The COVID-19 recovery rate of Maharashtra has now touched 92 per cent. 10,769 patients have recovered and were discharged across the state on Tuesday, taking its tally to 15,88,091 so far. Meanwhile, for the second consecutive day, the state recorded more than 3,000 cases. 3,791 fresh infections and 110 deaths were reported in the last 24 hours, pegging the count at 17,26,926 and 45,435 fatalities, respectively. “Due to the reconciliation process of death cases, 64 of the total deaths were added to the state’s cumulative death tally today,” said an official.
Mumbai witnessed a drop in its daily infections on Tuesday. 535 new cases and 19 deaths were reported in the last 24 hours; their respective tallies touching 2,65,677 and 10,481 so far. Meanwhile, the doubling rate of the cases is now 233 days and the weekly growth rate is 0.30 per cent.
The infection rate in the state has seen a decline over the past few weeks. In the first eight days of November, the positivity rate in the state consistently remained under 10 per cent. So far, the state’s positivity rate for November has averaged at 8.35 per cent. This means that, for every 100 samples tested, eight were found to be positive. The ratio was around 15 per cent in October and 24 per cent in September. In November, the state had, on an average, tested 59,141 samples, of which 4,889 were found to be positive, according to the state Health Department data.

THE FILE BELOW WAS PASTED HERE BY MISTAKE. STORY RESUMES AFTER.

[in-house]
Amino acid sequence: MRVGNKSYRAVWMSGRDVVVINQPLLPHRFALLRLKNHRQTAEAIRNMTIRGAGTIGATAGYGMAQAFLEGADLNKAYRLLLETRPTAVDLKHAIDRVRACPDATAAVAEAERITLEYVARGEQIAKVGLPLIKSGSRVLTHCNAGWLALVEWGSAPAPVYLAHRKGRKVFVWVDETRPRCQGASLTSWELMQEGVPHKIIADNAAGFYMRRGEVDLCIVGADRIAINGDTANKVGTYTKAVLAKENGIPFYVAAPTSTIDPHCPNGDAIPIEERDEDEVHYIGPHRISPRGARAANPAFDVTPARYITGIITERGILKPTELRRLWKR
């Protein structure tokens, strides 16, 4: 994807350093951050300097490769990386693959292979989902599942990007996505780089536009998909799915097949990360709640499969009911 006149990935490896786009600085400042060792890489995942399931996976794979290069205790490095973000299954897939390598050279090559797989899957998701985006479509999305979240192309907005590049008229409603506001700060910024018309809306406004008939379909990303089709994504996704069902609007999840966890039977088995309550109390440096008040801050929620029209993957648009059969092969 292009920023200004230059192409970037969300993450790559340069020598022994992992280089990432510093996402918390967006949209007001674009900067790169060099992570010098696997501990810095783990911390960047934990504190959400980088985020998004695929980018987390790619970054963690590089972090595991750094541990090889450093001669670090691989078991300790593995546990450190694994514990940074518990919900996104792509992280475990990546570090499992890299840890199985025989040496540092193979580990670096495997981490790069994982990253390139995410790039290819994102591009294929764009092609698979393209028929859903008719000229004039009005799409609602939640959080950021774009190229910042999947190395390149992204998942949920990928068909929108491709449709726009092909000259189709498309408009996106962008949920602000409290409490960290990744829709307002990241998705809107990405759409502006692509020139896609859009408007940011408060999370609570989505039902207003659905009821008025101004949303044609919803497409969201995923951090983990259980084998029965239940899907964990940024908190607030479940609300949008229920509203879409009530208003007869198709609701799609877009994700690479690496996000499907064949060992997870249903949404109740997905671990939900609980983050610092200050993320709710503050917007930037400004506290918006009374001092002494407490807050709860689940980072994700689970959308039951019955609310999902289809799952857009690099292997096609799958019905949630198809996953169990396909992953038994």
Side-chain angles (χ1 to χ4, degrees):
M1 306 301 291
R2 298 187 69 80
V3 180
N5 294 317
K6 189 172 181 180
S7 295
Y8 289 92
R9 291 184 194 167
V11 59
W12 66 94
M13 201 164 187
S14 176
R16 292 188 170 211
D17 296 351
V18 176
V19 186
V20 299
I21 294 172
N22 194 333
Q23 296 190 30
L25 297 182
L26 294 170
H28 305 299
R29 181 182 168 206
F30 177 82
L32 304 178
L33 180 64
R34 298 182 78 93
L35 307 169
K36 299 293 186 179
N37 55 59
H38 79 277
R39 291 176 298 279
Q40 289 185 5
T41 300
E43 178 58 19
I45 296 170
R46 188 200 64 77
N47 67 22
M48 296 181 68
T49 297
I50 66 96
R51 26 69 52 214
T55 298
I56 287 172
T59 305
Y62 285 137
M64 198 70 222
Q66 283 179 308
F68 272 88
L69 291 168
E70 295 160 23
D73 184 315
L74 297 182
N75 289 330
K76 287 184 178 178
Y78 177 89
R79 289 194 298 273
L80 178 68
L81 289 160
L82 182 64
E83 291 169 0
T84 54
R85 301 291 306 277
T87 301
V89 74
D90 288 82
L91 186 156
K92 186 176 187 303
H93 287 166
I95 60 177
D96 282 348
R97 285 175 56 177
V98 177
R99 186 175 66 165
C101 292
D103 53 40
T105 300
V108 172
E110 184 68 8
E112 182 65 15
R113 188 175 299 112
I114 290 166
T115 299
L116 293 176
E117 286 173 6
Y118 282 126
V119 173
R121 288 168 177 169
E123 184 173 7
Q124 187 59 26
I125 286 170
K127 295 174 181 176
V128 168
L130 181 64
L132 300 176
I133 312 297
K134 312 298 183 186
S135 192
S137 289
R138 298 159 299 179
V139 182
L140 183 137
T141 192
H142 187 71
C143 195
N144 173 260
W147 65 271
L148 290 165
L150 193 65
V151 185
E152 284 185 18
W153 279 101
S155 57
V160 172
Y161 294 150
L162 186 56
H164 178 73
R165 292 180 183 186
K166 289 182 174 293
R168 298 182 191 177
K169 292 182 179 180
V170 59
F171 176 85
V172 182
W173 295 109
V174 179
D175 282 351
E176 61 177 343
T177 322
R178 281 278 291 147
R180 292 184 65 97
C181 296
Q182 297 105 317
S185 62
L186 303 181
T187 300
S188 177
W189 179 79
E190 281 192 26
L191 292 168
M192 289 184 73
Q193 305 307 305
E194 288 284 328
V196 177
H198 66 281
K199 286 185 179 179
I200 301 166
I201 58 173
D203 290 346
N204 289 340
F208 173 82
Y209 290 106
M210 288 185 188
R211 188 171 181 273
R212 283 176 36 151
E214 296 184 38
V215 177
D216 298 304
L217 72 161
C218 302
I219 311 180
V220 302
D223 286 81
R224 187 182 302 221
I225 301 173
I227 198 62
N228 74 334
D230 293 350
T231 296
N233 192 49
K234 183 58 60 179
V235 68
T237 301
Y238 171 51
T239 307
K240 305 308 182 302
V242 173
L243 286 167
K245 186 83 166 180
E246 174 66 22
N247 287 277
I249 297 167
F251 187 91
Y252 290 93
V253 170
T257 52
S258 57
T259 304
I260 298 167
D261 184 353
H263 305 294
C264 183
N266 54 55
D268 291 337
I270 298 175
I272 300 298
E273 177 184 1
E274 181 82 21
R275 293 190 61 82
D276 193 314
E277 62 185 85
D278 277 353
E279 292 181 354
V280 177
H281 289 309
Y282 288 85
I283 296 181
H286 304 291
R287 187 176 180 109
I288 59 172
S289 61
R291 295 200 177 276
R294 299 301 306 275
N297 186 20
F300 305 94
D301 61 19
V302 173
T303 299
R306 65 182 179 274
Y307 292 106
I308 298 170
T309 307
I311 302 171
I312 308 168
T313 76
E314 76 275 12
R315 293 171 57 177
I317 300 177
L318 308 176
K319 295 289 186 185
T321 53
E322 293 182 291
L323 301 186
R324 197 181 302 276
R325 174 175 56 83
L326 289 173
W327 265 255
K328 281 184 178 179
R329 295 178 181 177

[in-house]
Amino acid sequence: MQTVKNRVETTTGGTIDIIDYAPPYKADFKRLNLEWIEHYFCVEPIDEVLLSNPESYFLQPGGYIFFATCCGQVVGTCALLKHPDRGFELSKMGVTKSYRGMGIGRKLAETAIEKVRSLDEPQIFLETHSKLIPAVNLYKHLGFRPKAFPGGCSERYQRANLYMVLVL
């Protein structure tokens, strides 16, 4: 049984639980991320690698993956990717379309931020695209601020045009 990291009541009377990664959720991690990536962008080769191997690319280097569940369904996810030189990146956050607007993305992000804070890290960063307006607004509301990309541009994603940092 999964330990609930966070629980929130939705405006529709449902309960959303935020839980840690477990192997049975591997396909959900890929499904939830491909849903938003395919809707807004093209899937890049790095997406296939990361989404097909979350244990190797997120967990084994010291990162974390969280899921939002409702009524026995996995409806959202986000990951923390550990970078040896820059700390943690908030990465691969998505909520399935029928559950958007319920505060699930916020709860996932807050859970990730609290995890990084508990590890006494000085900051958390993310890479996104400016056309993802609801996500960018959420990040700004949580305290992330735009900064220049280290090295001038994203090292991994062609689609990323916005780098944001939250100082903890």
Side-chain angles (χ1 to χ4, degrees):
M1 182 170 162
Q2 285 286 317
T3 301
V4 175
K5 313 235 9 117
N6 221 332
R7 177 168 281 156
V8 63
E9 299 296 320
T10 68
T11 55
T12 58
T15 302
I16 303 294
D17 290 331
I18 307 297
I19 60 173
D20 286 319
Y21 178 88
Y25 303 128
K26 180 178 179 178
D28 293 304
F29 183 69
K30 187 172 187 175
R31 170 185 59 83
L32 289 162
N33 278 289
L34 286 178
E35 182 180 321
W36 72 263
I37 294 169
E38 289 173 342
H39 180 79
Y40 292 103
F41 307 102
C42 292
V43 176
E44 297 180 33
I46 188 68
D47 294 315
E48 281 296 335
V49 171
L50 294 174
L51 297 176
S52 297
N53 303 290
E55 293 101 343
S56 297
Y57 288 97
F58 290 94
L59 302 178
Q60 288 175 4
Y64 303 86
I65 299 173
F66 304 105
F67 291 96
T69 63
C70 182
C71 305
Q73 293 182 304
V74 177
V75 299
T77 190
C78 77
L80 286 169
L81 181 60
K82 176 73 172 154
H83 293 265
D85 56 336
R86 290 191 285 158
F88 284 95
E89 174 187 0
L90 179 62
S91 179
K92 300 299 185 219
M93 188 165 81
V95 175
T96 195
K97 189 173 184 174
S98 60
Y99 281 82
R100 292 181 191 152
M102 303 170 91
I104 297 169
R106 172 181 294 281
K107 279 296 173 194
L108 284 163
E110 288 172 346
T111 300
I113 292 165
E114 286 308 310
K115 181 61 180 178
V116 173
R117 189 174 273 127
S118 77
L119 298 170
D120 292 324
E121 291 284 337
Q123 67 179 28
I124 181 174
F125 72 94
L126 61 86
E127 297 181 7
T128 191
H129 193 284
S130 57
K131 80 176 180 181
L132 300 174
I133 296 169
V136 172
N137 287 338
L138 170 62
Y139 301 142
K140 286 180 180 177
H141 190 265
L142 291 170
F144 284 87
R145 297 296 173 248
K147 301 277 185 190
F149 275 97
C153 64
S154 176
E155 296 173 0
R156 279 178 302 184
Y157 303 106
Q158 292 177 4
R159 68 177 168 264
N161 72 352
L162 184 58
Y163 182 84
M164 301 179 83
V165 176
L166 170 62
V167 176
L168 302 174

Health Department officials said that they have directed the district administration to increase surveillance. Officials said that the ratio of tracing immediate contacts of positive patients is not as per expectations. “People will have to maintain COVID-19-appropriate behaviour while moving out. The department has asked for stricter surveillance and tracing and tracking. There is a sense of fatigue among healthcare workers involved in the COVID-19 fight. We have to trace 15 people at least to find one positive case,” said an official from the Health Department.
Public health expert Dr Sanjay Pattiwar echoed that tracing and surveillance will remain crucial to keep the potential second wave of COVID-19 at bay. “People are roaming around as if the pandemic has ebbed, but the threat still exists. If there is fatigue among healthcare workers, then there should be a reserve force like in armies. The state should rope in teaching staff and clerks for surveillance, which is non-technical. Besides this, the state must also ramp up testing,” Pattiwar said.